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 Permutations and Combinations
   Permutations of all at a time
   Permutations of 𝑟 thing at a time
   Combinations of 𝑟 thing at a time
  Homogeneous Products
  Permutations of alike things
  Combinations of 𝑝 things found
  Theorem of Combination
  Combination of Different Things
 Sources and References


Permutations and Combinations


Permutations of all at a time

The number of permutations of 𝑛 things taken all at a time: =𝑛(𝑛−1)(𝑛−2)⋯3⋅2⋅1≡𝑛! or 𝑛(𝑛)


Proof by Induction. Assume the formula to be true for 𝑛 things. Now take 𝑛+1 things. After each of these the remaining 𝑛 things may be arranged in 𝑛! ways, making in all 𝑛×𝑛!, that is (𝑛+1)!, permutations of 𝑛+1 things; therefore, ⋯.

Permutations of 𝑟 thing at a time

The number of permutations of 𝑛 things taken 𝑟 at a time is denoted by 𝑃(𝑛,𝑟). 𝑃(𝑛,𝑟)=𝑛(𝑛)(𝑛−1)(𝑛−2)⋯(𝑛−𝑟+1)≡𝑛(𝑟).


Proof. By permutations of 𝑛 things; for (𝑛−𝑟) things are left out of each permutation; therefore 𝑃(𝑛,𝑟)=𝑛!÷(𝑛−𝑟)!. Observe that 𝑟=the number of factors.


Combinations of 𝑟 thing at a time

The number of combinations of 𝑛 things taken 𝑟 at a time is denoted by 𝐶(𝑛,𝑟). 𝐶(𝑛,𝑟)=𝑛(𝑛)(𝑛−1)(𝑛−2)⋯(𝑛−𝑟+1)1⋅2⋅3⋯𝑟𝑛(𝑟)𝑟!  =𝑛!𝑟!(𝑛−𝑟)!=𝐶(𝑛,𝑛−𝑟) For every combination of 𝑟 things admits of 𝑟! permutations; therefore 𝐶(𝑛,𝑟)=𝑃(𝑛,𝑟)÷𝑟!. 𝐶(𝑛,𝑟) is greatest when 𝑟=12𝑛 or 12(𝑛±1) according as 𝑛 is even or odd.

Homogeneous Products

The number of homogeneous products of 𝑟 dimensions of 𝑛 things is denoted by 𝐻(𝑛,𝑟). 𝐻(𝑛,𝑟)=𝑛(𝑛)(𝑛+1)(𝑛+2)⋯(𝑛+𝑟−1)1⋅2⋅3⋯𝑟(𝑛+𝑟−1)(𝑟)𝑟! When 𝑟 is >, this reduces to (𝑟+1)(𝑟+2)⋯(𝑛+𝑟−1)(𝑛−1)!


𝐻(𝑛,𝑟) is equal to the number of terms in the product of the expansions by the Binomial Theorem of the 𝑛 expressions (1−𝑎𝑥)−1, (1−𝑏𝑥)−1, (1−𝑐𝑥)−1, ⋯. Put 𝑎=𝑏=𝑐=⋯=1. The number will be the coefficient of 𝑥𝑟 in (1−𝑥)−𝑛.

Permutations of alike things

The number of permutations of 𝑛 things taken all together, when 𝑎 of them are alike, 𝑏 of them alike, 𝑐 alike, ⋯. =𝑛!𝑎!𝑏!𝑐!⋯ For, if the 𝑎 things were all different, they would form 𝑎! permutations where there is now but one. so of 𝑏, 𝑐, ⋯.

Combinations of 𝑝 things found

The number of combinations of 𝑛 things 𝑟 at a time, in which any 𝑝 of them will always be found, is =𝐶(𝑛−𝑝,𝑟−𝑝) For, if the 𝑝 things be set on one side, we have to add to them 𝑟−𝑝 things taken from the remaining 𝑛−𝑝 things in every possible way.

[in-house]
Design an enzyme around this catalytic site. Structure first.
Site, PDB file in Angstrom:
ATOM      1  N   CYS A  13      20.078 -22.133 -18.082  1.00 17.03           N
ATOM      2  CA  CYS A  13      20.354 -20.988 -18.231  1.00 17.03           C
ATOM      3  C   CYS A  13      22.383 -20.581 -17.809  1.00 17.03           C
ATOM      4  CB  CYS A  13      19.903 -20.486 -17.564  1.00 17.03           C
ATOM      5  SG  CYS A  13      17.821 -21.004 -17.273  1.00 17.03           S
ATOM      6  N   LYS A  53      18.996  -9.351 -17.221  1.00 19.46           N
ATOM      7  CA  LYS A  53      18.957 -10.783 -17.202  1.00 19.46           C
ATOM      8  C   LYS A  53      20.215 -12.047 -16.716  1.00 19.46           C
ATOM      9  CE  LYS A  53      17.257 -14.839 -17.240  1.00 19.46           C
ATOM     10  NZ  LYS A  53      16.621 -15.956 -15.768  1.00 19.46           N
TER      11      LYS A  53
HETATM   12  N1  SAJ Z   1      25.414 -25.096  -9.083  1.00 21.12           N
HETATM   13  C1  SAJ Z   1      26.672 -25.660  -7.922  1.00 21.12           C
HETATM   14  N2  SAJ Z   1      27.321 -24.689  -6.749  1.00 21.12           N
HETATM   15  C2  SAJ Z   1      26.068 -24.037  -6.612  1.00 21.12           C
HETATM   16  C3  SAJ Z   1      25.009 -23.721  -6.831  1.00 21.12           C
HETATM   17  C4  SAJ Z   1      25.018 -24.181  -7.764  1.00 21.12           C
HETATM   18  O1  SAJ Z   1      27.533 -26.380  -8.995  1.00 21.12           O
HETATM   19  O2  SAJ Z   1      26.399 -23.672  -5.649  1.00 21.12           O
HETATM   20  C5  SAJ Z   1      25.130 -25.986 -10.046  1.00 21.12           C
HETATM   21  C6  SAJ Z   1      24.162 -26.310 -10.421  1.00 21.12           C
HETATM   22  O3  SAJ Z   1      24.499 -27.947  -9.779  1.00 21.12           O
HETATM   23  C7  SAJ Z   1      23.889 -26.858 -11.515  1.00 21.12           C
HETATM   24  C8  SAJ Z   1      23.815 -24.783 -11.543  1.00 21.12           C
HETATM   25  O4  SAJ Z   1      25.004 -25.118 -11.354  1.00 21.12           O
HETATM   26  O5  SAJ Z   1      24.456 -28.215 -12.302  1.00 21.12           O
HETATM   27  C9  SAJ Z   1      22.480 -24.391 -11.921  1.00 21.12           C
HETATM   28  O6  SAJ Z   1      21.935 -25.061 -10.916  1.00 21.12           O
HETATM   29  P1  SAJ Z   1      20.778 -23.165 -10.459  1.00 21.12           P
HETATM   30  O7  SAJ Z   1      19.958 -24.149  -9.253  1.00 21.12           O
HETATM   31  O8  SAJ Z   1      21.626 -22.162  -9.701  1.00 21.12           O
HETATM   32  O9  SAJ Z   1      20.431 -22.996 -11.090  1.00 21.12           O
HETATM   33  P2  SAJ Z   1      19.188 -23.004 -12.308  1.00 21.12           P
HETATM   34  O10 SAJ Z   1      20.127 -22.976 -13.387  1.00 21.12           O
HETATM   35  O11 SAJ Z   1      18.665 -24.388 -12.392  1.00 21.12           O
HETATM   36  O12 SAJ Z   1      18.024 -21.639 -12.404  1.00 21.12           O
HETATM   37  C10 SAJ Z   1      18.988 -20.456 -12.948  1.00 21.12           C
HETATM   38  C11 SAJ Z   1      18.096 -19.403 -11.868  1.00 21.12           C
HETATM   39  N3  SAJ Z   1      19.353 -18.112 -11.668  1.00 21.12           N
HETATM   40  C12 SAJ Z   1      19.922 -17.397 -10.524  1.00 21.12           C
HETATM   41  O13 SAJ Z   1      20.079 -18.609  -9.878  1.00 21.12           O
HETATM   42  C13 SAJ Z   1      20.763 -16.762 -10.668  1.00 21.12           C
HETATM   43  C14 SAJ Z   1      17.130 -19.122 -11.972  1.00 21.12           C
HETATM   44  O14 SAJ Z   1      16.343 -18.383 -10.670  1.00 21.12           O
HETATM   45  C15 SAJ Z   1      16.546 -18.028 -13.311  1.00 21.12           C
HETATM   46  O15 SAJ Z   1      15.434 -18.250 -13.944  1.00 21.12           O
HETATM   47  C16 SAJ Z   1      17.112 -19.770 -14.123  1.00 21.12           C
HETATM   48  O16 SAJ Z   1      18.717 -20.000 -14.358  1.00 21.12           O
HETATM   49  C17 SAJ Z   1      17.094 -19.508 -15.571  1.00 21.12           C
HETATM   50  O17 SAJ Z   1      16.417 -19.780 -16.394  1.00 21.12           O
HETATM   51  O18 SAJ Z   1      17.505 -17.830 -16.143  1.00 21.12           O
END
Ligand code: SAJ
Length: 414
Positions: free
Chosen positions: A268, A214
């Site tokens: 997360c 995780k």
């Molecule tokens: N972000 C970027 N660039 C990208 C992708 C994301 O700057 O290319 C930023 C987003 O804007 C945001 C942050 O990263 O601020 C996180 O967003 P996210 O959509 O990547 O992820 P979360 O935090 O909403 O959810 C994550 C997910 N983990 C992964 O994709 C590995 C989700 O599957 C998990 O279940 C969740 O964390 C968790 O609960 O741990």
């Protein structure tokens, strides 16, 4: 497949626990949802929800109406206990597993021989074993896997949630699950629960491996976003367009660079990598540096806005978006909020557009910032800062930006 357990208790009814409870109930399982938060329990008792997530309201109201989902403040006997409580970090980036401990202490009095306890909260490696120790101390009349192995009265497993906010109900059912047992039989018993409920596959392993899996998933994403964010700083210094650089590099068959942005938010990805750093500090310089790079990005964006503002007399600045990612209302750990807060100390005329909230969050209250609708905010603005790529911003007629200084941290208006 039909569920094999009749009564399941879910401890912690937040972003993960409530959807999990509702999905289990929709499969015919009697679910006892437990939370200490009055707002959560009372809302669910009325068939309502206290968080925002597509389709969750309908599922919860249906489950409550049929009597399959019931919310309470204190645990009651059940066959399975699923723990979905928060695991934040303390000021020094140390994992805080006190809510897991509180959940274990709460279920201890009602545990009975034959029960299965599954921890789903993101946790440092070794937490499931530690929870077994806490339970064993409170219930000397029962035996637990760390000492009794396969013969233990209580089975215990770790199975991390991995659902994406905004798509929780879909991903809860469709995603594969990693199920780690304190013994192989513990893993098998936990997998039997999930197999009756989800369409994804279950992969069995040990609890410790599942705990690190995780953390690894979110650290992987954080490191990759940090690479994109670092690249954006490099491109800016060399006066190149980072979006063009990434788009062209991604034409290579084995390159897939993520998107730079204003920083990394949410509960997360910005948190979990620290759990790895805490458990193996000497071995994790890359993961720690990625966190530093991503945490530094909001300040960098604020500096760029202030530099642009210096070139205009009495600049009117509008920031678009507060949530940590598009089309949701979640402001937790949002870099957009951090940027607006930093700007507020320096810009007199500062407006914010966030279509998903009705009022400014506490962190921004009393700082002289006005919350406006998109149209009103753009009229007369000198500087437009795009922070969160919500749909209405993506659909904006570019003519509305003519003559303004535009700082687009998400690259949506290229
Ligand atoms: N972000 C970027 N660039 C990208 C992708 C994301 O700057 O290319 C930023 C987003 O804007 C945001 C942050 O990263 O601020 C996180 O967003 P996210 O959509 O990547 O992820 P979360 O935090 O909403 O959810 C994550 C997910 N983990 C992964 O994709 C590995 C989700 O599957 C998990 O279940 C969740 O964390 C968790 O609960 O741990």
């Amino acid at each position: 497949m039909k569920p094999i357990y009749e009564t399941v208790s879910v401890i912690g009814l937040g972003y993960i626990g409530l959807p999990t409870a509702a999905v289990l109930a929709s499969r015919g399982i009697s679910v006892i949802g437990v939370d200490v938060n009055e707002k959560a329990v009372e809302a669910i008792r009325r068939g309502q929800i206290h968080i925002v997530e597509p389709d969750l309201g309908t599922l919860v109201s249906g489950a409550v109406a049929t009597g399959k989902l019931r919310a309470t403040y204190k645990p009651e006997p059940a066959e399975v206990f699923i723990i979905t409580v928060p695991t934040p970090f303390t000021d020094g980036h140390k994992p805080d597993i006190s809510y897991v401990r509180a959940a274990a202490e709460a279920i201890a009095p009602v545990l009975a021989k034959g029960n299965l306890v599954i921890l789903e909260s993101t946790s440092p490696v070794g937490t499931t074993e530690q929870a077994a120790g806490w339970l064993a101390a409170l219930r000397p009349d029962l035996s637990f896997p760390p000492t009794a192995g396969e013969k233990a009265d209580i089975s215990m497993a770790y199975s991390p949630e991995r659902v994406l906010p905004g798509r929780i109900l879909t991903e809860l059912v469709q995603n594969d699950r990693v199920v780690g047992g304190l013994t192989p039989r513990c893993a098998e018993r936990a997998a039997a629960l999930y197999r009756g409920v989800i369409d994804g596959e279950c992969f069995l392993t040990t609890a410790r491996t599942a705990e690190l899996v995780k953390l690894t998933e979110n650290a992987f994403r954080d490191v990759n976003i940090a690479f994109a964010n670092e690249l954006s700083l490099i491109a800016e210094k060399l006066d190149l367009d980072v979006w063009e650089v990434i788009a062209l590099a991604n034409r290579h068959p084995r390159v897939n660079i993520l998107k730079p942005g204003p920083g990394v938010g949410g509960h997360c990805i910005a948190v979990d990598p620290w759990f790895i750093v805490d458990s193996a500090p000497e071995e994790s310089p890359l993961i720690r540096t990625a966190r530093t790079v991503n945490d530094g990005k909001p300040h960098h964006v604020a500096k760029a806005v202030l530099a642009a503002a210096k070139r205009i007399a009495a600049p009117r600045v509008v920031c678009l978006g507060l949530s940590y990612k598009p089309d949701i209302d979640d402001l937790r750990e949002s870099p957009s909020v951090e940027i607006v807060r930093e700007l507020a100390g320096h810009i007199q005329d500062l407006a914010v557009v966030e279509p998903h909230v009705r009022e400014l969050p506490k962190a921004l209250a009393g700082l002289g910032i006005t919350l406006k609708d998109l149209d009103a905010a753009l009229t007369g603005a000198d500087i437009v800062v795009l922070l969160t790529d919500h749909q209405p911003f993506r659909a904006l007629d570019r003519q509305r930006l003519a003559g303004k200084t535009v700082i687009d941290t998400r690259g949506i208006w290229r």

Theorem of Combination

𝐶(𝑛−1,𝑟−1)+𝐶(𝑛−1,𝑟)=𝐶(𝑛,𝑟) Proof by induction or as follows: Put one out of 𝑛 letters aside; there are 𝐶(𝑛−1,𝑟) combinations of the remaining 𝑛−1 letters 𝑟 at a time. To complete the total 𝐶(𝑛,𝑟), we must place with the excluded letter all the combinations of the remaining 𝑛−1 letters 𝑟−1 at a time.

Combination of Different Things

If ther be one set of 𝑃 things, another of 𝑄 things, another of 𝑅 things, and so on; the number of combinations formed by taking one out of each set is =𝑃𝑄𝑅⋯, the product of the numbers in the several sets.
For one of the 𝑃 things will form 𝑄 combinations with the 𝑄 things. A second of the 𝑃 things will form 𝑄 more combinations; ans so on. In all, 𝑃𝑄 combinations of two things. Similarly there will be 𝑃𝑄𝑅 combinations of three things; and so on.
On the same principle, if 𝑝, 𝑞, 𝑟, ⋯ things be taken out of each set respectively, the number of combinations will be the product of the numbers of the separate combinations; that is, =𝐶(𝑃𝑝)⋅𝐶(𝑄𝑞)⋅𝐶(𝑅𝑟)⋅⋯ The number of combinations of 𝑛 things taken 𝑚 at a time, when 𝑝 of the 𝑛 things are alike, 𝑞 of them alike, 𝑟 of them alike, ⋯, will be the sum of all the combinations of each possible form of 𝑚 dimensions, and this is equal to the coefficient of 𝑥𝑚 in the expansion of (1+𝑥+𝑥2+⋯+𝑥𝑝)(1+𝑥+𝑥2+⋯+𝑥𝑞)(1+𝑥+𝑥2+⋯+𝑥𝑟)⋯ The total number of possible combinations under the same circumstances, when the 𝑛 things are taken in all ways, 1, 2, 3, ⋯, 𝑛 at a time, =(𝑝+1)(𝑞+1)(𝑟+1)⋯−1 The number of permutations when they are taken 𝑚 at a time in all possible ways will be equal to the product of 𝑚! and the coefficient of 𝑥𝑚 in the expansion of 1+𝑥+𝑥22!+𝑥33!+⋯+𝑥𝑝𝑝!1+𝑥+𝑥22!+𝑥33!+⋯+𝑥𝑞𝑞!

Sources and References


ID: 210600008 Last Updated: 6/8/2021 Revision: 0 Ref:



  1. B. Joseph, 1978, University Mathematics: A Textbook for Students of Science & Engineering
  2. Wheatstone, C., 1854, On the Formation of Powers from Arithmetical Progressions
  3. Stroud, K.A., 2001, Engineering Mathematics
  4. Coolidge, J.L., 1949, The Story of The Binomial Theorem

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